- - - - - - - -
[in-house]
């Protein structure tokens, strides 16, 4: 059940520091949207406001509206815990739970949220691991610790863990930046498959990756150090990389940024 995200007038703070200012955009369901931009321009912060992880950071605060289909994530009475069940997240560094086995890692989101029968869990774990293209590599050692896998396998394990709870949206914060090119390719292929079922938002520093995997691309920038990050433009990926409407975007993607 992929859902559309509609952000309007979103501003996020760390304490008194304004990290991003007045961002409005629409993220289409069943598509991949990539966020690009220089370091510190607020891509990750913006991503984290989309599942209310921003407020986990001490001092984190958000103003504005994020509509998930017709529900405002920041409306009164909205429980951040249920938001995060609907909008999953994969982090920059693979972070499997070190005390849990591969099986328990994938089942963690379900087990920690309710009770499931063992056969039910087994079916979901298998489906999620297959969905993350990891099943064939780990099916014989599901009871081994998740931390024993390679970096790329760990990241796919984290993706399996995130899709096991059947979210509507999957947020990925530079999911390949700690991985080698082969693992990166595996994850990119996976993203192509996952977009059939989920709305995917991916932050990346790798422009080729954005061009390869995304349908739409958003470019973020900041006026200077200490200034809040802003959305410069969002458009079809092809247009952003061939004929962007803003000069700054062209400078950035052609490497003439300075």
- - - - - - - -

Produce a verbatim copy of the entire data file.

[in-house]
């Protein structure tokens, strides 16, 4: 059940520091949207406001509206815990739970949220691991610790863990930046498959990756150090990389940024 995200007038703070200012955009369901931009321009912060992880950071605060289909994530009475069940997240560094086995890692989101029968869990774990293209590599050692896998396998394990709870949206914060090119390719292929079922938002520093995997691309920038990050433009990926409407975007993607 992929859902559309509609952000309007979103501003996020760390304490008194304004990290991003007045961002409005629409993220289409069943598509991949990539966020690009220089370091510190607020891509990750913006991503984290989309599942209310921003407020986990001490001092984190958000103003504005994020509509998930017709529900405002920041409306009164909205429980951040249920938001995060609907909008999953994969982090920059693979972070499997070190005390849990591969099986328990994938089942963690379900087990920690309710009770499931063992056969039910087994079916979901298998489906999620297959969905993350990891099943064939780990099916014989599901009871081994998740931390024993390679970096790329760990990241796919984290993706399996995130899709096991059947979210509507999957947020990925530079999911390949700690991985080698082969693992990166595996994850990119996976993203192509996952977009059939989920709305995917991916932050990346790798422009080729954005061009390869995304349908739409958003470019973020900041006026200077200490200034809040802003959305410069969002458009079809092809247009952003061939004929962007803003000069700054062209400078950035052609490497003439300075």